Chhau Dance: West Bengal's Performing Art Treasure | Utsavpedia

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Chhau Dance of Purulia

Chhau Dance Performance (Image: http://www.pinterest.com)

The Chhau Dance is a popular form of tribal dance in India that incorporates elements of martial arts into its movements. This dance form is predominantly seen in the states of Odissa, West Bengal and Jharkhand. According to certain literary scholars, the word Chhau is derived from the Sanskrit word ‘Chhaya’ which essentially means masks, shadow or image while other scholars believe that the word is derived from ‘Chhauni‘ which means military camp. There are three subtypes of this dance form; namely Purulia Chhau, Mayurbanj Chhau and Seraikella Chhau. Differences between the three are dependent on their regions of origin.

Origin and History

The Chhau Dance originates in the Purulia district in West Bengal and draws inspiration from martial arts and combative training. This form of dance is a means to portray stories to the audience, which is why elaborate masks and headgear associated with battle and war are worn during the performance. The story itself revolves around the two great epics of Indian Mythology – Ramayana and Mahabharata. Over a century old, this dance form was widely endorsed by patrons belonging to the royal families, rich landlords and British governors in the region. These performances are predominantly put up during the Gajan Festival, which takes place to honor Lord Shiva.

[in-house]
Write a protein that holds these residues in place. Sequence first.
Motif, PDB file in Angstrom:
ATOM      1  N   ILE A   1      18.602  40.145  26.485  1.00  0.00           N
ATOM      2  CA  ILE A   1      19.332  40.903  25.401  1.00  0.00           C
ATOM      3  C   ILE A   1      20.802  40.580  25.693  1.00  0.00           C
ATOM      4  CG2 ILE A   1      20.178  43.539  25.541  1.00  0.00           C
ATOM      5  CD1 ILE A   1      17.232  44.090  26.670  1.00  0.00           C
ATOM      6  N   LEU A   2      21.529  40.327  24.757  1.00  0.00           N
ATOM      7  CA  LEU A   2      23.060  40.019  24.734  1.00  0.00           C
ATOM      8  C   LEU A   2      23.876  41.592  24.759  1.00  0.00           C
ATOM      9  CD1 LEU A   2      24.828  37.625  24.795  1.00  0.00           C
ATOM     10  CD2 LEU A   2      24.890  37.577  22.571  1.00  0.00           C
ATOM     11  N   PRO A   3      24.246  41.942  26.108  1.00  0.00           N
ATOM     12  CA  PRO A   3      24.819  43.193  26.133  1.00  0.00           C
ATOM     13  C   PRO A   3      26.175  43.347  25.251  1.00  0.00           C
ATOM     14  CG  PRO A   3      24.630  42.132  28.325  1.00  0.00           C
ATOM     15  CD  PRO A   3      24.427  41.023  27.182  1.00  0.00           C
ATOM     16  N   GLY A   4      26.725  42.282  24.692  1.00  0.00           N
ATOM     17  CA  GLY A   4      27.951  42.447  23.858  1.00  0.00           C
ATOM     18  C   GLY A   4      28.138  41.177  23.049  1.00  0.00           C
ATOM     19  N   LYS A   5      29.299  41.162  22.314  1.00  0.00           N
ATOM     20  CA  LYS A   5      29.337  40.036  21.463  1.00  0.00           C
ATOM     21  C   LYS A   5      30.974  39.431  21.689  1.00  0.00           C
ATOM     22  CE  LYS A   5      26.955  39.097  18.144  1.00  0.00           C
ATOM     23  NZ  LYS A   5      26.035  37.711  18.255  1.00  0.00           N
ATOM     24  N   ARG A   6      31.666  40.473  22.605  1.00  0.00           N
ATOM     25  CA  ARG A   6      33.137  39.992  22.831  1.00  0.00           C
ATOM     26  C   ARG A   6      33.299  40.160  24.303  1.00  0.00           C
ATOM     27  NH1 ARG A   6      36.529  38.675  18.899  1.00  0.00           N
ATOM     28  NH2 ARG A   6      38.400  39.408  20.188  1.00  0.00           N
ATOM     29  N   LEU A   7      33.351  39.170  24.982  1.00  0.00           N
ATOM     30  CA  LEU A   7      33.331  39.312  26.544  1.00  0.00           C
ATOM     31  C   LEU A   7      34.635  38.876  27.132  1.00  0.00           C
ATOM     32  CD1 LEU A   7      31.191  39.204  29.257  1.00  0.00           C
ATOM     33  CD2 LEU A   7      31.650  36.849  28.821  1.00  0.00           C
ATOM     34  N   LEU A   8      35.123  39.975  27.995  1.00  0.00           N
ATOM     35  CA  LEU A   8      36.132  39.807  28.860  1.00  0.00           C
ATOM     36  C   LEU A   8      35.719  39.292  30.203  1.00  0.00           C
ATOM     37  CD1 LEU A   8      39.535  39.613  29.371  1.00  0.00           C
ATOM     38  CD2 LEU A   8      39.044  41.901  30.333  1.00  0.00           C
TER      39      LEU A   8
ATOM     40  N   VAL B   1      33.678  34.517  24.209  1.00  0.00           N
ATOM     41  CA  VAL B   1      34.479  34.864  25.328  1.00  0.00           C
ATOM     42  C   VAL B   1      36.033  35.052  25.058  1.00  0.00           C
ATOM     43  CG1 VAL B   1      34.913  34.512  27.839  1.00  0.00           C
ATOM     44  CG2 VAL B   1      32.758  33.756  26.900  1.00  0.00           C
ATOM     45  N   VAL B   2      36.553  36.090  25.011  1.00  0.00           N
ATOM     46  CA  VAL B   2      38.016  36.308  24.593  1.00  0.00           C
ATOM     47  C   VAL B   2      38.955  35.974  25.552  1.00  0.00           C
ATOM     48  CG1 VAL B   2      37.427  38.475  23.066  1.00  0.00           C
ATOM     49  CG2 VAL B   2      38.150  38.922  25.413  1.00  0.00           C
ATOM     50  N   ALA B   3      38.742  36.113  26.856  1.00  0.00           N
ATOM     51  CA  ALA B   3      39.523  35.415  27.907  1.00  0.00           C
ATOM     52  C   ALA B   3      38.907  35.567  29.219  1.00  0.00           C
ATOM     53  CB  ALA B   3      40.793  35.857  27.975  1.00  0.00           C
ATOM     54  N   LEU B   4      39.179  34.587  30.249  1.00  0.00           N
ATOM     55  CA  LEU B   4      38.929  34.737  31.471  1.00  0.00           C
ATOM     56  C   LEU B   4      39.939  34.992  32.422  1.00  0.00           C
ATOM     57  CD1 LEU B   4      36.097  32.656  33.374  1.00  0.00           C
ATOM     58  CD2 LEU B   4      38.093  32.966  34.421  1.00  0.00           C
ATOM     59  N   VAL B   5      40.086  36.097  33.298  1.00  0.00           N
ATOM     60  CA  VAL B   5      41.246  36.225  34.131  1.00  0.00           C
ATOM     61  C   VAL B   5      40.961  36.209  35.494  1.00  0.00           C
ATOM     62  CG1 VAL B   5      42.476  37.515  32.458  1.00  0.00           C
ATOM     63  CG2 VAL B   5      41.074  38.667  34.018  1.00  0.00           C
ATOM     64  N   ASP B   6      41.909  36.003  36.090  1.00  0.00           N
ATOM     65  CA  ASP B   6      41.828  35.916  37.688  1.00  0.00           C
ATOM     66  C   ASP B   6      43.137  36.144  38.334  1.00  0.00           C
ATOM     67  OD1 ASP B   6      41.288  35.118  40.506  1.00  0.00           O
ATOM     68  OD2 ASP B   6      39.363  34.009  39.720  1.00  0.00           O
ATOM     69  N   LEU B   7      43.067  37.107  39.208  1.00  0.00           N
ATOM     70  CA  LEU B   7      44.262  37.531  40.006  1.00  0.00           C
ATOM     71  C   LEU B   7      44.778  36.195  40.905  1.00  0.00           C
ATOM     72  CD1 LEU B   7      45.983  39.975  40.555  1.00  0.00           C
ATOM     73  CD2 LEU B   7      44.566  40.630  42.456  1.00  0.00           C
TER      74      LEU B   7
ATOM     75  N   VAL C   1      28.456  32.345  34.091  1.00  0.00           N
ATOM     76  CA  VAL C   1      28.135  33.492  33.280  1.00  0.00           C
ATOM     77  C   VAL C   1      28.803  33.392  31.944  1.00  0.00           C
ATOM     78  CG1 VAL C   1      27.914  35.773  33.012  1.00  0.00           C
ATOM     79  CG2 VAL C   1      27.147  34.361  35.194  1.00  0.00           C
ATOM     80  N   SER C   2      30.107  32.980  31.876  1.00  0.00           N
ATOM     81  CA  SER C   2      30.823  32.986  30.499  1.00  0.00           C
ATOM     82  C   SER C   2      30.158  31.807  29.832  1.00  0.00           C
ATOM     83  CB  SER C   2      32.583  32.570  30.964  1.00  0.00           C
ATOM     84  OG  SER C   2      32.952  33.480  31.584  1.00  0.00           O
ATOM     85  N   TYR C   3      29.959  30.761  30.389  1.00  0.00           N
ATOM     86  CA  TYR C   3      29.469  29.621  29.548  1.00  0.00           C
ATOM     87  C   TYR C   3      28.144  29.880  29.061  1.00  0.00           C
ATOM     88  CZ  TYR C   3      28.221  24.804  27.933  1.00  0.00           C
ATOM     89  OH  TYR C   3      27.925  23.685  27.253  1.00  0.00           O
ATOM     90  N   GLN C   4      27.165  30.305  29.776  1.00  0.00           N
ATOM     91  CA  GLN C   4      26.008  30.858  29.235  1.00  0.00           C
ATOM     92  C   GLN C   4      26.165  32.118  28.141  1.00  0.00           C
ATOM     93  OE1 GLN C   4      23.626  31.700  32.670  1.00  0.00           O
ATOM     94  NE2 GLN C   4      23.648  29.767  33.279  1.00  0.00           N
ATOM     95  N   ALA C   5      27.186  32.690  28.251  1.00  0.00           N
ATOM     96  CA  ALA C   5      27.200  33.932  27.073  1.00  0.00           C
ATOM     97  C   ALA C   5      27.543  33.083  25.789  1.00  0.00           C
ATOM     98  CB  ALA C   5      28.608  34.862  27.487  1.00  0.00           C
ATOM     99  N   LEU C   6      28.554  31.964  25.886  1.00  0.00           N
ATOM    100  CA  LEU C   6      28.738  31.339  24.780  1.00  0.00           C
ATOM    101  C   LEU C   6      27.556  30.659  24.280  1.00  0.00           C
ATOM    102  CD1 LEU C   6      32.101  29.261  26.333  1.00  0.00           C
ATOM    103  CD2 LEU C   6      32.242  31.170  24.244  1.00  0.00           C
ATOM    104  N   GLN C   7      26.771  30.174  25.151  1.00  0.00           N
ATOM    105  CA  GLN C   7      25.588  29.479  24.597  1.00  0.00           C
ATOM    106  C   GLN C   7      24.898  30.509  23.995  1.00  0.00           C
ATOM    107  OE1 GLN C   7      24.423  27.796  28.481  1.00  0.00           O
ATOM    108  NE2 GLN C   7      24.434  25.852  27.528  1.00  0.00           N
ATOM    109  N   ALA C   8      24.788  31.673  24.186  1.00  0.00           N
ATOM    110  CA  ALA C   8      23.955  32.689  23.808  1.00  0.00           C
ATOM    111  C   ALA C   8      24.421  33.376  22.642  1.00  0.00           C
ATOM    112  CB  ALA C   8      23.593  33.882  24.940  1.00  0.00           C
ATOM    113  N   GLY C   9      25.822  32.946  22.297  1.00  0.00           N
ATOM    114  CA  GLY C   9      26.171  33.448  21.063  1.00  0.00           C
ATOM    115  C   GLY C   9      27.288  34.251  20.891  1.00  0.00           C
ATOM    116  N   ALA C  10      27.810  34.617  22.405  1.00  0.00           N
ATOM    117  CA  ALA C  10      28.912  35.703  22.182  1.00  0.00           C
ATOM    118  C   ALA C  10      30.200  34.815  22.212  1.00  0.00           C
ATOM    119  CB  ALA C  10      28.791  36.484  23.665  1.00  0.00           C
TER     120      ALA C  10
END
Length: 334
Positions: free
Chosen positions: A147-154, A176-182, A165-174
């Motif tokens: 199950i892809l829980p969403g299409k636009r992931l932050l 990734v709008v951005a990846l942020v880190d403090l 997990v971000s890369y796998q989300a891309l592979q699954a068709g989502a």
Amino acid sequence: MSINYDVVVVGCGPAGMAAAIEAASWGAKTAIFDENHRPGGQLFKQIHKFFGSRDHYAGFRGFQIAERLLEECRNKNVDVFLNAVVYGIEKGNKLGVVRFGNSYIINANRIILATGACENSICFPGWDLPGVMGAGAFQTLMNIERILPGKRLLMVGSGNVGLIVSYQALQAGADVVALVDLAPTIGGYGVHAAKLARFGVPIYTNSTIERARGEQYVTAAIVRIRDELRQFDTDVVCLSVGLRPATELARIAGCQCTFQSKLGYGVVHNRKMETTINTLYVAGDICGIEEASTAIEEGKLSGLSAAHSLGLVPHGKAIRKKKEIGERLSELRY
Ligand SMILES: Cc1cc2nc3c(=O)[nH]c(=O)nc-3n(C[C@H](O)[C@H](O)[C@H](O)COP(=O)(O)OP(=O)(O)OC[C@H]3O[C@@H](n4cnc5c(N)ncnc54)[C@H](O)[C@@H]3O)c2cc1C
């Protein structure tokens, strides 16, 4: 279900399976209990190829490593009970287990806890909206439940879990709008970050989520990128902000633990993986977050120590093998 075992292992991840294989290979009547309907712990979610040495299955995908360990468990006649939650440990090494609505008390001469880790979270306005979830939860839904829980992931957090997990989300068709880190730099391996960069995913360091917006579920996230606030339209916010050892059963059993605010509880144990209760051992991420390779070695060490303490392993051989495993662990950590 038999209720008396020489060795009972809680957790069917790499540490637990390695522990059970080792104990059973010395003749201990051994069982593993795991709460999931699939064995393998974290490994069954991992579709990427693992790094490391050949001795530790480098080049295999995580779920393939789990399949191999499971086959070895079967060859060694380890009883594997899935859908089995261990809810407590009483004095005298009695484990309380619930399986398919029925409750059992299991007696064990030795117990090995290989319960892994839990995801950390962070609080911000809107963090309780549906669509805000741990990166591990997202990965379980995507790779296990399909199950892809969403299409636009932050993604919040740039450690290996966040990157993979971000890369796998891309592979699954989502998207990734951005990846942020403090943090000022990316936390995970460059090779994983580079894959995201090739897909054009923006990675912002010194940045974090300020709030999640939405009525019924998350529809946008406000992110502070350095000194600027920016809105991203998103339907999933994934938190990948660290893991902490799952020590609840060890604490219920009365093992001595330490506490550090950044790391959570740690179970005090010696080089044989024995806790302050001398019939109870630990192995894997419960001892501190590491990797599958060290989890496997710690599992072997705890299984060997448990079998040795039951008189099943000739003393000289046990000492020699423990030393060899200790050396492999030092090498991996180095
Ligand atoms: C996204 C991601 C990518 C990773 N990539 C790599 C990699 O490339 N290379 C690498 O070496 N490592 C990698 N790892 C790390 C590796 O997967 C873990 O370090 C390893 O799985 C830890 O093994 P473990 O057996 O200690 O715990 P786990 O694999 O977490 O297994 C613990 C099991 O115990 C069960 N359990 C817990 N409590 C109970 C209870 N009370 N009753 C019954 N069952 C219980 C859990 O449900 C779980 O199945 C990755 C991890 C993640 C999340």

Carrying out the Practice

Purulia’s Chhau Dance is usually performed during important ceremonies that have a strong religious significance, such as the Gajan Festival. They are also, at times, performed during weddings and on the Sun Festival. Mostly, these dances are performed on the floor, as opposed to an elevated stage, with the audience members sitting in a circle or a semi-circle around them to watch.

To be a Purulia Chhau Dancer, students enroll in dance academies at an extremely young age. Various artisans throughout the state earn their livelihood by painting masks and headgear that can be worn by these dancers.

Creating the Performance

Purulia Chhau Dance is not just a performance of dancers enacting religious epics; musicians play an extremely large role in making the recital come to life as well. Three main types of Indian instruments accompany the performance – these are the Dhol, Shehnai and Dhamsa (percussion instrument and Indian clarinets).

The costume plays a vital role in this performance as the Purulia Chhau Dance is known for its distinctive set and costumes. The male dancers wear brightly colored dhotis (flared bottoms) with a matching kurta on top. The kurta is usually obscured by the vast amount of costume jewelry that is worn in the form of necklaces. These are large in size, not just in number, and extremely heavy. Female dancers, or male dancers depicting female characters, are known to wear colorful sarees.

Portrayal of Maa Durga in the Chhau Dance (Image: http://www.pinterest.com)